no more firing that I heard of after it got into the road. The detachment of the battery which was with the gun stood at their posts, and, had the gun not run off, they would have had it ready for action as soon as it entered the road. This, sir, is my recollection of the affair, and I respectfully submit it to your consideration.
OR. C. STANARD,
Captain Third Company of Howitzers.
General J. B. MAGRUDER.
Numbers 3. Report of Captain William Collins, C. S. Army.
CAMP HOOD, VA., July 7, 1861.
SIR: In obedience to an order received from you, I have the honor to report the skirmish of the 5th instant, in which I was engaged, and the circumstances of the retreat of the cavalry under my command.
On the evening of the 4th instant I, in company with Captain Stanard, visited the quarters of Colonel Dreux, and informed him that we had received information that a squad or foraging party of the enemy had advanced up as far as Captain Smith's that day, and that they were in the habit of visiting that point daily, and Colonel Dreux then informed us that the had received the same information, and intended to go out that night and try and capture a party of them, and that he desired that I should accompany him with a detachment of twenty of my command, and that the would also take along Captain Stanard and one of his howitzers, and also a detachment of twenty from four companies of infantry.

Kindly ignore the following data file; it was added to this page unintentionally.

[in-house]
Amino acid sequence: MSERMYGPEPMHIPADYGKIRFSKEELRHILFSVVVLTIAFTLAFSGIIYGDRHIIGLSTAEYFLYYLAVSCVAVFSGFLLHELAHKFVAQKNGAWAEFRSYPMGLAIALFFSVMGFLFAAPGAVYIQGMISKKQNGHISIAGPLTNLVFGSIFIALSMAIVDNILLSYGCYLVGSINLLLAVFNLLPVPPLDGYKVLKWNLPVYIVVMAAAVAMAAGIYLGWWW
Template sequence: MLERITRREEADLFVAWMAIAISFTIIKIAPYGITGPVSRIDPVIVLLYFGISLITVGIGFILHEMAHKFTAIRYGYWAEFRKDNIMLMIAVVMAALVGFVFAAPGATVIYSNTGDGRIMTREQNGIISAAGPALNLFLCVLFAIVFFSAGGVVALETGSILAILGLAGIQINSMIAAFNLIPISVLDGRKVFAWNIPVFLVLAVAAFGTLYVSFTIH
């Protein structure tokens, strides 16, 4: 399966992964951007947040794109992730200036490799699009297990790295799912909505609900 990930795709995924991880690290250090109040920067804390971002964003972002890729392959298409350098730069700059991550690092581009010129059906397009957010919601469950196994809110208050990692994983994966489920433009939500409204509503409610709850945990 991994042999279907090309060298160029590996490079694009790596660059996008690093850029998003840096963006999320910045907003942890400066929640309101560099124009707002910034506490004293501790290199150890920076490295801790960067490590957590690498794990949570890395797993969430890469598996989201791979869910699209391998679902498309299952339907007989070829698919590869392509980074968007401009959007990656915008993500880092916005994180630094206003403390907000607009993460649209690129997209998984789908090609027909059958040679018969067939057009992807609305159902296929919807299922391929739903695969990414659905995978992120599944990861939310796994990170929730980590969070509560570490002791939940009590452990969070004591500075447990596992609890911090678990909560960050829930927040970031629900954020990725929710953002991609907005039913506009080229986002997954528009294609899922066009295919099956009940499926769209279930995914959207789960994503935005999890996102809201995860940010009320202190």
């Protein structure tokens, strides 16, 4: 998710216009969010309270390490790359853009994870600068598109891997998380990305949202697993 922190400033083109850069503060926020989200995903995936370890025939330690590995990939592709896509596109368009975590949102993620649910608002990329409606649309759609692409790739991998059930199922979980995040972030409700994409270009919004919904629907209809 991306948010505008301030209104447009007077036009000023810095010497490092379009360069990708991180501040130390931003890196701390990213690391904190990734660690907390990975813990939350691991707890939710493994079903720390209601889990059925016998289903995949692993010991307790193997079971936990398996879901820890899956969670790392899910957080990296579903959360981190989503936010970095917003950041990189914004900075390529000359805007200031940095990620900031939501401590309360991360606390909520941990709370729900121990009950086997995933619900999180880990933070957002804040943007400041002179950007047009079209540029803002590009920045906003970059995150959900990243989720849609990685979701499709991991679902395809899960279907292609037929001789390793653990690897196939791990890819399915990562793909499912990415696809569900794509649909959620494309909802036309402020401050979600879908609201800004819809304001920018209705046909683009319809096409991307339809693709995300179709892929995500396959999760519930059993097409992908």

About 12 o'clock at night the above force marched from Young's Mills, under the command Colonel Dreux. We marched down below the farm of Pembroke Jones, and turned in at the house of a man maned Curtis, at which place we had expected, from information received, that we would, perhaps, find the squad above spoken of quartered. Finding no one, we marched back to the main road, from which point Colonel Dreux sent down, in the direction of Newport News, three of my command, in company with a men named Fitchett as guide, to ascertain if there were any troops approaching, at which time Colonel Dreux marched his men up the road, towards Lee's store, and after having traveled about a half a mile, we arrived opposite a small woods road, running at right angles into the main road, at which point we were halted. The cavalry was then ordered down this woods road seventy-five yards, and directed to form in column of fours, facing the main road, in readiness to charge. The howitzer was then placed in the same road, about ten paces in front of the cavalry. The infantry was then stationed on the right and left of this road, along the side of the main road. At this time the vedettes, that had been sent down the road towards Newport News, returned and reported that the enemy was approaching, about a mile off, and that they covered a distance of two hundred yards of the road, of which he could see, and how much farther their column extended he did not know. Colonel Dreux then sent a detachment of five or six of the infantry down the road to act as scouts, and to conceal themselves in the bushes, and to report the approach of the enemy; and they were ordered to keep themselves concealed, and not to fire until the command was give, at which time the infantry and howitzer would fire simultaneously, immediately after which time the cavalry